Pregnant women who work night shifts and longer working hours are at increased risk for preterm delivery and miscarriage, according to a recent University of Alberta study.
An analysis of 62 independent studies from 33 countries revealed that pregnant women working a fixed night shift had 21 per cent higher odds of preterm delivery and 23 per cent higher odds of having a miscarriage than pregnant women working a fixed day shift.
“Our body’s daily cycle is greatly influenced by ambient light in that darkness signals sleep and light signals that it’s time to wake up,” said the study’s senior researcher, U of A pregnancy researcher Margie Davenport. “During night shift work, the day is flipped and, over time, this is thought to trigger hormonal adaptations that may influence how the baby grows and the timing of delivery.”
The study also indicated that longer work hours—more than 40 hours per week—was associated with a 21 per cent higher chance of preterm delivery and a 38 per cent higher chance of miscarriage.
Chenxi Cai, a post-doctoral fellow who worked with Davenport on the study, said with women making up a significant proportion of the workforce, a synthesis of the data was needed to better understand the health implications of irregular work hours for pregnant women.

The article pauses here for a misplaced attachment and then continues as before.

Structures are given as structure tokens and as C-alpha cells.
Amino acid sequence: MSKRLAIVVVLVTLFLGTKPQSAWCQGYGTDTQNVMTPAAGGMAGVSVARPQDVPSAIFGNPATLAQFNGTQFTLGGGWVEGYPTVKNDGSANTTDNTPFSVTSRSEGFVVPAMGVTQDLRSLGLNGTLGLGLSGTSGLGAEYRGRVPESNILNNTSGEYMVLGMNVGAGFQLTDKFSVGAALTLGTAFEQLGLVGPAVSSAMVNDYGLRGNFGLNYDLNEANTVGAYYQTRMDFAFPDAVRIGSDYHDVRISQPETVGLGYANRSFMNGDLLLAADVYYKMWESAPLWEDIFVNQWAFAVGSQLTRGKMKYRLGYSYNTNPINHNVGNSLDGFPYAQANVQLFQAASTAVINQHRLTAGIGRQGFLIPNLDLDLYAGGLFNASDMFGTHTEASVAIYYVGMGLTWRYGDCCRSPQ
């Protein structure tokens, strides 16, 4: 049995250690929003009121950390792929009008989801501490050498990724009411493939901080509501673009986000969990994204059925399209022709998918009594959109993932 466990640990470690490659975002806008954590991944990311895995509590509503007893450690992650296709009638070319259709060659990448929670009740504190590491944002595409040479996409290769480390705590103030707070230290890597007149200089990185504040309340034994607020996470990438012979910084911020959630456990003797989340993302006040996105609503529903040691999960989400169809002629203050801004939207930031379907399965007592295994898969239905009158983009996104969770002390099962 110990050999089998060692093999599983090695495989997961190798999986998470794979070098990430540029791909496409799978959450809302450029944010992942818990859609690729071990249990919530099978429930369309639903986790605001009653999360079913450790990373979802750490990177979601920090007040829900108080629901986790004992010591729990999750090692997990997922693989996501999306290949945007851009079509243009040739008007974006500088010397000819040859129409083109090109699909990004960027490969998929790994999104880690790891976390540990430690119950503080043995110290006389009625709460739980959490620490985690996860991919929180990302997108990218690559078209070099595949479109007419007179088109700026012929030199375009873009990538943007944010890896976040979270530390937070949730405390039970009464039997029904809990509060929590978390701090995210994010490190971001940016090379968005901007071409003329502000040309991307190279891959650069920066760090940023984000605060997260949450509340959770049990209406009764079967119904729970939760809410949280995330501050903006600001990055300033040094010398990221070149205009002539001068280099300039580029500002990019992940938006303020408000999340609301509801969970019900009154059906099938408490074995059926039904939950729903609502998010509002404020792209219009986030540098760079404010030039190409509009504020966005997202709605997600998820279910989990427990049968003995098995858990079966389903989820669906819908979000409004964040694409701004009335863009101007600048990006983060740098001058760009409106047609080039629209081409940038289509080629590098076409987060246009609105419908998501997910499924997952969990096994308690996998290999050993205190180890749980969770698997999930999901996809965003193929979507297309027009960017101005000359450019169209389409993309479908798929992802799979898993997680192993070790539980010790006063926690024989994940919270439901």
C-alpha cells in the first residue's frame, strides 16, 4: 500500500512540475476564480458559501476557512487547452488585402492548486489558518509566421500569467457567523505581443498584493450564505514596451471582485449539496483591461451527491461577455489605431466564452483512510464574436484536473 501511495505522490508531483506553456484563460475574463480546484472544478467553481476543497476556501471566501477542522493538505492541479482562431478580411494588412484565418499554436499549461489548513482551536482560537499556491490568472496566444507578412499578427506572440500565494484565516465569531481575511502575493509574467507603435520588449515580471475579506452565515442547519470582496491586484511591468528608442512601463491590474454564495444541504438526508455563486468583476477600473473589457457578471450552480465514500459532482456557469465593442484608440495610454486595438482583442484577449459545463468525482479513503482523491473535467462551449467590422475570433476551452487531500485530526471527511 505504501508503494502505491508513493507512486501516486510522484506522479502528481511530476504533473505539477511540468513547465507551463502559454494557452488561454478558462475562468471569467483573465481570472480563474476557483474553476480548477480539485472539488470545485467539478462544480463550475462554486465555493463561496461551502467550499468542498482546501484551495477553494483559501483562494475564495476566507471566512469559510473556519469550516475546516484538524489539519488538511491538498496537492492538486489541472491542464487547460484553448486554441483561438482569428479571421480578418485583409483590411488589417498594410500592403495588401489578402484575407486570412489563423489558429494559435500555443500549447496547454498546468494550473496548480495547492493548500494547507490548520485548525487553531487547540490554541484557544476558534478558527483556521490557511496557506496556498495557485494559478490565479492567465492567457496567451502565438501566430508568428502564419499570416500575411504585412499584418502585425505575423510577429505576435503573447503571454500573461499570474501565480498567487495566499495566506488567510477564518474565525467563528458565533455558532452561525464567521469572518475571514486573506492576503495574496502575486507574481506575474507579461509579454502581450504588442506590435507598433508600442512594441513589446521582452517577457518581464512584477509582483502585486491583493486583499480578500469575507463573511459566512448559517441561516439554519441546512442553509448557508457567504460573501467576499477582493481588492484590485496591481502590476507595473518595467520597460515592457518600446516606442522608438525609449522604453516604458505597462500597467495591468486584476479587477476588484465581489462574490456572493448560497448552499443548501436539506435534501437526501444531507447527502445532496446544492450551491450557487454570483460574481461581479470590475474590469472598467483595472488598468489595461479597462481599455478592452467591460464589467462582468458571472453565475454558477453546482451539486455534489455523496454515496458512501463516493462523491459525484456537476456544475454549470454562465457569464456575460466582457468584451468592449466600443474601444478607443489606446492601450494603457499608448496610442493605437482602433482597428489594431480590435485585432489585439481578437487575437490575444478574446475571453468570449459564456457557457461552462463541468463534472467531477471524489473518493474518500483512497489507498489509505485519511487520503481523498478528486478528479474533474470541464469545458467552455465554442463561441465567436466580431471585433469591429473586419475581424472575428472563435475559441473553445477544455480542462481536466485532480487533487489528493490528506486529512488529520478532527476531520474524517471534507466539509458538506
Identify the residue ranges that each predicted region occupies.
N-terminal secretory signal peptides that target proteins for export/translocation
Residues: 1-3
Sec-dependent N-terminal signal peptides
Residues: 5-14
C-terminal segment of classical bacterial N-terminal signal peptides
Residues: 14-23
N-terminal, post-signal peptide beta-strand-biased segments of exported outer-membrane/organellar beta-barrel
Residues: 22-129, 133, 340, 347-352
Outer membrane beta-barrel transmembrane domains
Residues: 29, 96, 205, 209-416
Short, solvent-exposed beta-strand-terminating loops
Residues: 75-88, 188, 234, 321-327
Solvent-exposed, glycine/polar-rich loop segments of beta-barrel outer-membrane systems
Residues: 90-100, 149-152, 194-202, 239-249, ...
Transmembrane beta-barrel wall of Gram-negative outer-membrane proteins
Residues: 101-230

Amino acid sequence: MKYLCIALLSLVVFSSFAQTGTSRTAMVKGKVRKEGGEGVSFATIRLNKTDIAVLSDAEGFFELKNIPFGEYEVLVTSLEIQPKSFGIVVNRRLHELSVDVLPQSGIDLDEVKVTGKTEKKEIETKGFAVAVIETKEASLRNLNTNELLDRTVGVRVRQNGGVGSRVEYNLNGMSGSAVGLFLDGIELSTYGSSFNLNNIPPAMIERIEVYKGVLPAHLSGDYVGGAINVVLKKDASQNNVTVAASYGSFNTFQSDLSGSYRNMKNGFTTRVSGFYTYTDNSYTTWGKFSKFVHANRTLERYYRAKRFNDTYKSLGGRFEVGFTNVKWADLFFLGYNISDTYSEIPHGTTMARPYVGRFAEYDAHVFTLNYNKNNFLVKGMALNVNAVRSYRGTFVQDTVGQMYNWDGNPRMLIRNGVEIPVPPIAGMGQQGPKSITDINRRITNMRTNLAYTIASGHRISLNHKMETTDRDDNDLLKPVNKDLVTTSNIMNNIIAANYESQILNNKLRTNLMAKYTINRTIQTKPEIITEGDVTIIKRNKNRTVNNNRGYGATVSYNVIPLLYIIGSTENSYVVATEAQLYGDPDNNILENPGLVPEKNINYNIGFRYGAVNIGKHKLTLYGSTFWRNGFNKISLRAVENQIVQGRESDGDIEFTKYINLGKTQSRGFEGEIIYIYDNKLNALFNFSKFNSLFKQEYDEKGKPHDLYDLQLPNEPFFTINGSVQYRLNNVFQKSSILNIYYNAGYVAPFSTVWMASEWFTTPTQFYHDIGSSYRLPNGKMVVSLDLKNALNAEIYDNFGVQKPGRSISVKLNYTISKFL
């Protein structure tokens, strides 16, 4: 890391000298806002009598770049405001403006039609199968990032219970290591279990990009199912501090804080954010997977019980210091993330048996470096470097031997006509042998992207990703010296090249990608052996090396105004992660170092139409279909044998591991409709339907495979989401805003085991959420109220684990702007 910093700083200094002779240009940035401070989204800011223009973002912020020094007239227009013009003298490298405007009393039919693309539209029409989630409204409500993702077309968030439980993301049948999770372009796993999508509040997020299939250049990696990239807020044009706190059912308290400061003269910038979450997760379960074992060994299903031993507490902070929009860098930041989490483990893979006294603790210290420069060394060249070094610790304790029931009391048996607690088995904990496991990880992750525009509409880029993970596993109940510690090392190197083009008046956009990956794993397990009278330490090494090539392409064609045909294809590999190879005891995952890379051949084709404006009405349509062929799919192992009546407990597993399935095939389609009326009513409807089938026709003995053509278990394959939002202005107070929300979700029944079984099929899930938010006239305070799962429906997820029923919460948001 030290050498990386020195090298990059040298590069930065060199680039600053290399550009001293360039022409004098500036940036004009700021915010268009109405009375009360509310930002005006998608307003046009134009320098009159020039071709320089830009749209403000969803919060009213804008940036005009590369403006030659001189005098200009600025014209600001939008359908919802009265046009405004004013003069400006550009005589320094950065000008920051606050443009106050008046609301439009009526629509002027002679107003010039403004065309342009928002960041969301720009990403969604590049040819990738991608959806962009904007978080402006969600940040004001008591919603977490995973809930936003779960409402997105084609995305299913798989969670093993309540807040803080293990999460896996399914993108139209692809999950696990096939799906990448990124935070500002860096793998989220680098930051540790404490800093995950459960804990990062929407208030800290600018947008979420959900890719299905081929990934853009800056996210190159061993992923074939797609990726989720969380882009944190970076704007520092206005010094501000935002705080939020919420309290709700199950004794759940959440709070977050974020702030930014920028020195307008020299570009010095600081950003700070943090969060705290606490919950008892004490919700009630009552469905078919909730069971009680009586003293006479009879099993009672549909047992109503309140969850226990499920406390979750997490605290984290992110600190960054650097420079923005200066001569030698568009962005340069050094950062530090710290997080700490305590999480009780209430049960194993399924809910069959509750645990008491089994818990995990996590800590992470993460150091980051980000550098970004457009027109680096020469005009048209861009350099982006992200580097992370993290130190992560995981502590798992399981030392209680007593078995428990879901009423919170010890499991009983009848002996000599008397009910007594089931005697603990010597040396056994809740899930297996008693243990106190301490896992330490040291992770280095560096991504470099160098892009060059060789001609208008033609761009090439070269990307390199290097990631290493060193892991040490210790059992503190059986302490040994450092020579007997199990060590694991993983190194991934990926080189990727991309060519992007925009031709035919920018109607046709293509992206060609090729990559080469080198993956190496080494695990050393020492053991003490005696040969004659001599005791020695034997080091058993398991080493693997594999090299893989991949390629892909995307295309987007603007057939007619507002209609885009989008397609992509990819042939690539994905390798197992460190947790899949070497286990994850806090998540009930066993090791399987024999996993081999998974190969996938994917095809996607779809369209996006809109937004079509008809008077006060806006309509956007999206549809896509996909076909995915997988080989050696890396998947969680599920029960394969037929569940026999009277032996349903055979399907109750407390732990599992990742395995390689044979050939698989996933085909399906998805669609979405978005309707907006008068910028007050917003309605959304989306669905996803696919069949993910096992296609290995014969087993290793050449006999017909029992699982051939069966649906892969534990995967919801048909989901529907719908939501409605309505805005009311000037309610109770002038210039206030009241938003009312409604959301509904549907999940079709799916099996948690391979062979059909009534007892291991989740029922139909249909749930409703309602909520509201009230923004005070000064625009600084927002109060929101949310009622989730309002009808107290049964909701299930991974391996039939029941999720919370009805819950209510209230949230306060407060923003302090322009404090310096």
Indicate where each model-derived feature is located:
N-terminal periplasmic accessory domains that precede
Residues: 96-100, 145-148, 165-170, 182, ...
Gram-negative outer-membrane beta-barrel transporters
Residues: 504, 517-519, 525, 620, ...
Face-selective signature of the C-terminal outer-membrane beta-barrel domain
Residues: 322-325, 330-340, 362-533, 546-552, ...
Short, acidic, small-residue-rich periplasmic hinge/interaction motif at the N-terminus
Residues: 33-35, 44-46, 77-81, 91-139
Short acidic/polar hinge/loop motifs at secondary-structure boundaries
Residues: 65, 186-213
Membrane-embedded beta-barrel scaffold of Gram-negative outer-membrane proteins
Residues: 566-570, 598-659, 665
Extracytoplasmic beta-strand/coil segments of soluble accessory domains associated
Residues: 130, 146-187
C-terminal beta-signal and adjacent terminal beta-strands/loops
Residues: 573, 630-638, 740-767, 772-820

“Approximately 90 per cent of women remain employed during pregnancy, which is a significant number,” she said. “We wanted to evaluate the impact of shift work and long working hours during pregnancy to help women and employers make more informed decisions when it relates to occupational hours and pregnancy.”
The team also found that working rotating shifts in comparison to a fixed day shift was associated with a 13 per cent increase in the odds of preterm delivery, a 75 per cent increase in the rate of pre-eclampsia and a 19 per cent increase in the likelihood of gestational diabetes. Pre-eclampsia and gestational diabetes can have long-term health implications for both mother and baby, including Type 2 diabetes and cardiovascular disease.
Reducing the risk
Davenport and Cai encouraged pregnant women to avoid shift work and working more than 40 hours a week, if circumstances allow. However, when this isn’t possible, Davenport emphasized focusing on other aspects of life within a pregnant woman’s control.
“Focus on maintaining a healthy, active lifestyle outside of work. Include exercise by following the 2019 Canadian Guideline for Physical Activity Throughout Pregnancy, sufficient sleep and nutritious food to improve prenatal health.”
Causes difficult to pinpoint
Although the studies reviewed in the analysis included data from 196,989 women, the information was observational. And while an association can be made between long working hours, fixed night shifts, rotating shifts and various health implications like preterm delivery, Davenport and Cai said they were not able to determine causation of the prenatal risks.
“There are a number of mediating factors related to work schedules that can also impact prenatal health such as smoking, leisure time, physical activity, diet and income,” said Davenport. “We didn’t observe a difference in results between studies adjusting and not adjusting for these factors. This suggests the largest influence is likely the work schedule.”
The analysis, which was published in the American Journal of Obstetrics and Gynecology and funded by the Government of Alberta Occupational Health and Safety Futures Grant, will be followed up with another study looking at how the type of work pregnant women engage in affects maternal and fetal health.